I am developing a basic framework for a ‘visitation team’ at my church. This team will help connect with those in the congregation who are physically unable to regularly participate in church. This morning I was looking through a few resources that I could use to help equip this team with some basic approaches to care and visiting. A while back I bought a cheap copy of Carl Rogers’ classic On Becoming a Person in which he outlines his client-centered model which is based on the belief that each person has the inherent ability to change and that particular relationships can help facilitate that change.
I have strongly mixed feelings about this approach. It is very easy to critique this book on its optimism about the possibility of becoming an ‘autonomous individual’. However, I am respectful of the sort of posture Rogers wishes to nurture. I am constantly bewildered expressions from those who reject an individualist approach to contemporary issues and those who want to address systemic issues. It almost invariably seems as though the people wanting to address systemic issues must, must, heap scorn upon actual individuals (particularly if they do not agree with a particular view of systems). In any event, as I was working through a few his very readable chapters what troubled me more than the dichotomy between systems and individuals is the notion of what positive change could look like.
Rogers cites a study which explores the implication of various parenting styles. The best model in his estimation is the ‘acceptant-democratic’. Here is his description the children,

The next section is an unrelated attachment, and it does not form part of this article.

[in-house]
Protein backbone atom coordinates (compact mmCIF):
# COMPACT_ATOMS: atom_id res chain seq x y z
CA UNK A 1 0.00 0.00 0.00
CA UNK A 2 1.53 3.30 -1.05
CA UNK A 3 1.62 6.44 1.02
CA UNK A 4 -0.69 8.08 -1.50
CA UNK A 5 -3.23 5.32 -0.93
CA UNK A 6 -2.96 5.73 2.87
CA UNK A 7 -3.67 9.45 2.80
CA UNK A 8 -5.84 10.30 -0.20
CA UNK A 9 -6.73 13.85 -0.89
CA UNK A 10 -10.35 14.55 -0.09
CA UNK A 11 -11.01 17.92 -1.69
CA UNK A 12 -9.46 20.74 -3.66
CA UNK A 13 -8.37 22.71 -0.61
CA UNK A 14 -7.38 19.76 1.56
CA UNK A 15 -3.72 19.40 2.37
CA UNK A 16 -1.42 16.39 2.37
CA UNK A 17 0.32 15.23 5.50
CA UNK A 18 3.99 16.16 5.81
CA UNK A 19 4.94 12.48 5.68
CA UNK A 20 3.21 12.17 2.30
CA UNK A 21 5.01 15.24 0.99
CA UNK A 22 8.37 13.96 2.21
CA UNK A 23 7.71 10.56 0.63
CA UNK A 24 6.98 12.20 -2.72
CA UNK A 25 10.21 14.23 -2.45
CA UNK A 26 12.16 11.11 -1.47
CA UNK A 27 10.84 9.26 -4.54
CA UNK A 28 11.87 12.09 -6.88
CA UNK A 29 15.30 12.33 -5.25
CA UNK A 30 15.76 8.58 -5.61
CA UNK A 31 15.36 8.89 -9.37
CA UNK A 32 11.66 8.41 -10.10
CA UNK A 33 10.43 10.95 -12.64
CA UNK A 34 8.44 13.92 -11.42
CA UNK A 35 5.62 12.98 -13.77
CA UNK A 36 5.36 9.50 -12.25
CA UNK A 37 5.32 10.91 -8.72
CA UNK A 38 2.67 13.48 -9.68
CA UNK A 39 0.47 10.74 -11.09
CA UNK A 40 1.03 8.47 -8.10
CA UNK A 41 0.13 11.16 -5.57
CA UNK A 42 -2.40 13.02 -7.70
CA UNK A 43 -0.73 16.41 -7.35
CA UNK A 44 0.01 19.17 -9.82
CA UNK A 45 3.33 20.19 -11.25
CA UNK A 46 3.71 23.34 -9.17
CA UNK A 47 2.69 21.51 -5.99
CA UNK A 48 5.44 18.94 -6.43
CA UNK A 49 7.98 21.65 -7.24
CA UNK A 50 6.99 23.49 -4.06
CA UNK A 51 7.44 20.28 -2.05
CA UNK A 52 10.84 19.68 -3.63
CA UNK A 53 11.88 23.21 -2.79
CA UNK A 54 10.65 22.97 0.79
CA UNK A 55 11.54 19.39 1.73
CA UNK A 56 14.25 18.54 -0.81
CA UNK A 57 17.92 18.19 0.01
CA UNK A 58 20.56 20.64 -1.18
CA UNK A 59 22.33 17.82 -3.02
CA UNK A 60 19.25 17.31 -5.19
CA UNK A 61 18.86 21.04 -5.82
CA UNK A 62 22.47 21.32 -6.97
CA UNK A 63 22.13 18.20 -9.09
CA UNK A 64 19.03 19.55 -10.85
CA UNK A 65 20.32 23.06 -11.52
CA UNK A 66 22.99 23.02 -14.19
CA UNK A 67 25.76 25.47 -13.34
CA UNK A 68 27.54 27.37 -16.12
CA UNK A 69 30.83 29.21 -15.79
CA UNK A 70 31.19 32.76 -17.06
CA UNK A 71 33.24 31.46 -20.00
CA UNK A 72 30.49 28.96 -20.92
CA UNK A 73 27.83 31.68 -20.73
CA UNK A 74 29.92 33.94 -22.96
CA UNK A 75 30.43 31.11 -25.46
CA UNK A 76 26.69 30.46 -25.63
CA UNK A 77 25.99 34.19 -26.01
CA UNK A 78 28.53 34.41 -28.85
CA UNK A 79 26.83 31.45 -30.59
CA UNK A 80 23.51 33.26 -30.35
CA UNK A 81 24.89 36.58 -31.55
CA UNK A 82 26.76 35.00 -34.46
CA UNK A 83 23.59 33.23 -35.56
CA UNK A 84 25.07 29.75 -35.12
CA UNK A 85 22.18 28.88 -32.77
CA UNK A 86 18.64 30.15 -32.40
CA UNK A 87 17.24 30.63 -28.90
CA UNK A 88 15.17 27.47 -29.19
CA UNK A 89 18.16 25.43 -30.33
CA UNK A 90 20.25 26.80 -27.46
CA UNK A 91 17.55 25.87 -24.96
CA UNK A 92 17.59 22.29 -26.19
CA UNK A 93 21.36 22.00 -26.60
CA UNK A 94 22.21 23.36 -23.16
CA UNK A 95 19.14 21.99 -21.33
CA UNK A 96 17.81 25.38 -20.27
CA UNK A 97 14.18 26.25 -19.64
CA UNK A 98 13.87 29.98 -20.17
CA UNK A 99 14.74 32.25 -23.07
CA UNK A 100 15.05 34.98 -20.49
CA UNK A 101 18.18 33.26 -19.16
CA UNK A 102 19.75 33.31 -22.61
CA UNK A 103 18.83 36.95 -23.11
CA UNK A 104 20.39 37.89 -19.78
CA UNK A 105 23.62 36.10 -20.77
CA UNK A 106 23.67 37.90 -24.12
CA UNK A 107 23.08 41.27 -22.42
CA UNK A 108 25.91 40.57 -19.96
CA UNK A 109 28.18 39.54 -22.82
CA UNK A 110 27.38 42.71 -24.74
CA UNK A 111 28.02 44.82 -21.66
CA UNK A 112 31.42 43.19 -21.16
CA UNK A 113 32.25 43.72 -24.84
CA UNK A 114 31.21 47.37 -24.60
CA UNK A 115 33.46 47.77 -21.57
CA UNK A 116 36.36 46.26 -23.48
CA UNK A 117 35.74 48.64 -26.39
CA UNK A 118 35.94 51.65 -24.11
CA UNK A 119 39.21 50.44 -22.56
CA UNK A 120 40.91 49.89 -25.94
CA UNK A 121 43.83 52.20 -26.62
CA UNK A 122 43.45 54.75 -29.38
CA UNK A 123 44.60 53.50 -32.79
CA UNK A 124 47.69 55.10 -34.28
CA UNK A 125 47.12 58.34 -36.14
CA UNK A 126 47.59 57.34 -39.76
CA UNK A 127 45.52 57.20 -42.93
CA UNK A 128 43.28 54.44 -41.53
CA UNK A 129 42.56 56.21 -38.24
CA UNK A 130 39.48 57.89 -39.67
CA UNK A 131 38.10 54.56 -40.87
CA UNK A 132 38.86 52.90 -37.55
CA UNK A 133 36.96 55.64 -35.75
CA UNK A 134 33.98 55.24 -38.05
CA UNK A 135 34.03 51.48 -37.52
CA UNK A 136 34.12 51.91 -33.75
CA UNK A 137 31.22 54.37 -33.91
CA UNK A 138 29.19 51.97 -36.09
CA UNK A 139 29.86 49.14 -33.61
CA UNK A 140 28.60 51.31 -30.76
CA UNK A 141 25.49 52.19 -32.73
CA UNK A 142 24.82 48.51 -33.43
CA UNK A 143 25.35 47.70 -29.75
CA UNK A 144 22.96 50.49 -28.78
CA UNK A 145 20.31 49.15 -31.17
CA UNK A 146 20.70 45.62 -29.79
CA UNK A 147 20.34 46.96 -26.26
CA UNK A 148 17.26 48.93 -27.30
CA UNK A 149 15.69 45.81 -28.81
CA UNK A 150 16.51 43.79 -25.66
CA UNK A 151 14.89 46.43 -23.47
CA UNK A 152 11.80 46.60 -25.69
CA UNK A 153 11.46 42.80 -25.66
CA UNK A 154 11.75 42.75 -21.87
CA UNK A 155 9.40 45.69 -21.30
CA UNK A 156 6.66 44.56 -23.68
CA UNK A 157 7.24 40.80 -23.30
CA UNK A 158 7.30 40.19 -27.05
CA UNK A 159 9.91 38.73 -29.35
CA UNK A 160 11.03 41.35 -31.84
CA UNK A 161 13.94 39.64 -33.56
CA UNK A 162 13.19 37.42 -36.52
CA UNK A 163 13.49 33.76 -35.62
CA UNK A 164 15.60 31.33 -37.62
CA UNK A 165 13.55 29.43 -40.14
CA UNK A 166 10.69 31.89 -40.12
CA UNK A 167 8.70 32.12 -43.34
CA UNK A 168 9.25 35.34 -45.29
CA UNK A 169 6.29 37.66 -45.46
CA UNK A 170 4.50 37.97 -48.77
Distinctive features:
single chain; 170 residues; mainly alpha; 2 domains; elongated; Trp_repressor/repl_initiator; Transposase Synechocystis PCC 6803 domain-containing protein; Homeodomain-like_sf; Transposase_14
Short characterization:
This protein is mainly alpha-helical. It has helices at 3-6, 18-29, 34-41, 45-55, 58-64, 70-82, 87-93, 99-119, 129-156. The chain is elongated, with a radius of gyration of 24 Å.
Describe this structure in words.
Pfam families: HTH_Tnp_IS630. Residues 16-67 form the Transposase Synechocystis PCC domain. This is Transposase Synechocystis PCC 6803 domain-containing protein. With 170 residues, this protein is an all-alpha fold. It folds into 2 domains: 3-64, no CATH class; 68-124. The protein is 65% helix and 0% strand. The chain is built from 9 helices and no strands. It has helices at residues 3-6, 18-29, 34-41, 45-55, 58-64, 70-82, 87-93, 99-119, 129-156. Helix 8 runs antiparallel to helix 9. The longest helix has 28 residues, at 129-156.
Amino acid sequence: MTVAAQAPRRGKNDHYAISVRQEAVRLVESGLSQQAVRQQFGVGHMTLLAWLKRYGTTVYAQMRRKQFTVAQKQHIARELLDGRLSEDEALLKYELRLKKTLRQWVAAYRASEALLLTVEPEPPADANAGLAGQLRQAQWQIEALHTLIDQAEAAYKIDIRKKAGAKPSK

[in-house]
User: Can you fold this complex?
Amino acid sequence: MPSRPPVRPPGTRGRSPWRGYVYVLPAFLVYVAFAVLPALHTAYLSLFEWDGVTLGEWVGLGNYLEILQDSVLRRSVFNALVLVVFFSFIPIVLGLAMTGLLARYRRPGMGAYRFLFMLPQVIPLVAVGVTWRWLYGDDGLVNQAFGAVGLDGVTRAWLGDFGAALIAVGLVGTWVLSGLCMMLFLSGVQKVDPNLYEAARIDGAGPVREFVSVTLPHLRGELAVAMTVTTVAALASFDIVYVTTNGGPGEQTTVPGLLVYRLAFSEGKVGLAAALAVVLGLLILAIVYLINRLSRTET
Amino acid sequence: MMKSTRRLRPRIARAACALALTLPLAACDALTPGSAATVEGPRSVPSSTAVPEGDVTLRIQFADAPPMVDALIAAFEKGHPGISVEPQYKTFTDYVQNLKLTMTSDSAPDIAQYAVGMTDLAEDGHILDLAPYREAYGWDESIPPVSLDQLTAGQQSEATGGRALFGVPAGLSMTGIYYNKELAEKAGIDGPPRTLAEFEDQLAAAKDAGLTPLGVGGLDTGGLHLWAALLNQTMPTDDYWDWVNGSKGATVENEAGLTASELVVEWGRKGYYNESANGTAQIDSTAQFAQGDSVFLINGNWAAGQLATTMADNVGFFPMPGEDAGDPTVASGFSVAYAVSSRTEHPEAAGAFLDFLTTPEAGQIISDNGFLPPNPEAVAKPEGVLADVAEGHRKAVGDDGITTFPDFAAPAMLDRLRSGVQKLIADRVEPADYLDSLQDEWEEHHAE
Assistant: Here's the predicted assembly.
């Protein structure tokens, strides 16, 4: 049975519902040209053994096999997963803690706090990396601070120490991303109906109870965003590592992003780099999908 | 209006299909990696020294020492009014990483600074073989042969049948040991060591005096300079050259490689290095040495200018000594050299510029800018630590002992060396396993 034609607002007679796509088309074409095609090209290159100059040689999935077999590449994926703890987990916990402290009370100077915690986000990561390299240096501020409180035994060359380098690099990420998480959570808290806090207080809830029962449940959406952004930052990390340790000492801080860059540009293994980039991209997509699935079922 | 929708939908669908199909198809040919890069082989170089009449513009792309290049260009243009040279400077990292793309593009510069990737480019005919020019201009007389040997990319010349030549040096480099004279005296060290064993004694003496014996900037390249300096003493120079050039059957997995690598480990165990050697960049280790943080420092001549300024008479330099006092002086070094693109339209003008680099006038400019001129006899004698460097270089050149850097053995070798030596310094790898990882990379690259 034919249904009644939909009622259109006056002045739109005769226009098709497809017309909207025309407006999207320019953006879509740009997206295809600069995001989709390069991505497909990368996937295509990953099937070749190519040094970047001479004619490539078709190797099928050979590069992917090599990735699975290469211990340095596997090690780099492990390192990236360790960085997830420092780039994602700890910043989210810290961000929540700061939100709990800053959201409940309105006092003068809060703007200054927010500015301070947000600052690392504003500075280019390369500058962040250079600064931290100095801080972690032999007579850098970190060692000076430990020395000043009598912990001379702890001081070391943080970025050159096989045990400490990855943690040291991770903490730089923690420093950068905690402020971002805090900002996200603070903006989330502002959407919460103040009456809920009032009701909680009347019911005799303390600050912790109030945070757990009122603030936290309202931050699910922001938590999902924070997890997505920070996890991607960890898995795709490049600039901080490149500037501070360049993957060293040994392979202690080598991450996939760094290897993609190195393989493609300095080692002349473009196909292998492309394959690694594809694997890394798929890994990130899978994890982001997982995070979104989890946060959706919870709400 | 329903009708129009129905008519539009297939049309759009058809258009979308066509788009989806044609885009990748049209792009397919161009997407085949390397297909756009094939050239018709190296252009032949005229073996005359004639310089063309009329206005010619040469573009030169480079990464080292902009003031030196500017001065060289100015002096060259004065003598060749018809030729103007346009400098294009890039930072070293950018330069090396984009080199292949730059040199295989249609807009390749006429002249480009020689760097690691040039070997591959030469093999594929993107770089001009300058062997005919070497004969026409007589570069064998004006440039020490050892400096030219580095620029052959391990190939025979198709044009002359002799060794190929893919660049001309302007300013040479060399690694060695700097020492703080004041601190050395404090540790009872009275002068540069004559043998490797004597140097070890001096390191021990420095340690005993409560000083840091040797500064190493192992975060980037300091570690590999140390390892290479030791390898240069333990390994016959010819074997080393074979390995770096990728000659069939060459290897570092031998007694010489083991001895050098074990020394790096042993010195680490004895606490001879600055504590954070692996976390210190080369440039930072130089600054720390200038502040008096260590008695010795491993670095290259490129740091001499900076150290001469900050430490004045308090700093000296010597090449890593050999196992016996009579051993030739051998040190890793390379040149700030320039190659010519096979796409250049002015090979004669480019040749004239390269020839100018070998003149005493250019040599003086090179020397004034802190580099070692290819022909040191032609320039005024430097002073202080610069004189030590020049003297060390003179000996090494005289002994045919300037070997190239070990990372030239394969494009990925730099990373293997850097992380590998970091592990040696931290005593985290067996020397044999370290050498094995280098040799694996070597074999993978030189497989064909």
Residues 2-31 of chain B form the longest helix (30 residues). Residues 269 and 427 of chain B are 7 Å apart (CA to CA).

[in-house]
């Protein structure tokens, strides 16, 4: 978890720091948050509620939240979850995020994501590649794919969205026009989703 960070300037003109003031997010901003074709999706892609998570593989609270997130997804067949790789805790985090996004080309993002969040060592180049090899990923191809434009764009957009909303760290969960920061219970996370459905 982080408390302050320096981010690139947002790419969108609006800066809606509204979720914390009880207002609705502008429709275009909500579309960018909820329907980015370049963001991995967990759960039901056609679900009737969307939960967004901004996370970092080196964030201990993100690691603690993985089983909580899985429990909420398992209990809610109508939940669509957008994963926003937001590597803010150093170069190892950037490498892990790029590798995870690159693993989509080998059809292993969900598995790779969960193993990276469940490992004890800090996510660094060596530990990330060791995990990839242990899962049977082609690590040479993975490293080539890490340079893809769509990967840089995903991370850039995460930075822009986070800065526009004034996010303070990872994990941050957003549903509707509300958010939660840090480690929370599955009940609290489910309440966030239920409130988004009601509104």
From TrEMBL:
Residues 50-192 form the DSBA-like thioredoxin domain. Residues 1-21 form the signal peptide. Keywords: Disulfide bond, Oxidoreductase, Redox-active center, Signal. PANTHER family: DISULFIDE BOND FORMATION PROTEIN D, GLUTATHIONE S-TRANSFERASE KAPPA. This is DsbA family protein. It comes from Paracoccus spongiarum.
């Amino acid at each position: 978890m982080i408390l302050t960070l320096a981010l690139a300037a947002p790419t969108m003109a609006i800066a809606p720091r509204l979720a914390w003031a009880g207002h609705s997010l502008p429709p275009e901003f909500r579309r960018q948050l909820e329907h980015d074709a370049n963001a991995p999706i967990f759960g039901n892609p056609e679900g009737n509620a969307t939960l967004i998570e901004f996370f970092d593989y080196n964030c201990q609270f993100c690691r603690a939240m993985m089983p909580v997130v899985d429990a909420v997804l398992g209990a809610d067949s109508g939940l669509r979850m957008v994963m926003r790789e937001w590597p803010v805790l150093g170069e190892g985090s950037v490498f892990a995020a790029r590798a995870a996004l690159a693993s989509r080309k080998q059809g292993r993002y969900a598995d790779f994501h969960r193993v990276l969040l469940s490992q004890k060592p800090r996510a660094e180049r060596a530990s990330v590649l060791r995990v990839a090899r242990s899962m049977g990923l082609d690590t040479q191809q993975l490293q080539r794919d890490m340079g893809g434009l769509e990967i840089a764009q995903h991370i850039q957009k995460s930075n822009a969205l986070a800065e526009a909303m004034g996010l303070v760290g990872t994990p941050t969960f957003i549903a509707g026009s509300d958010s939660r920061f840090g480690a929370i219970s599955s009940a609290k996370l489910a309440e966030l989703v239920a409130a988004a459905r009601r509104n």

Children of these parents with their warm and equalitarian attitudes showed an accelerated intellectual development (an increasing I.Q.), more originality, more emotional security and control, less excitability than children from other types of homes. Though somewhat slow initially in social development, they were, by the time they reached school age, popular, friendly, non-aggressive leaders (41-42).
I tried to imagine what these kids looked like and it was not hard. These are the children of upper-middle class families who excel in school and have enough restraint and insight so as to manipulate passive-aggressive acts for the purpose and maintenance of social dominance. I also expect that these are the families that nod assent to the value of church and social responsibility but don’t give a shit about making any significant change for those values because they have already arrived. And they are also afraid of those who ‘unstable’, that is, not like them.
This is just a guess. But if it is correct then Carl Rogers has unfortunately succeeded because there seems to be a whole glut of these families.
** Update – Perhaps it is with a Rogerian sort of unconditional acceptance that Senator Clinton has approached the Mubarak family.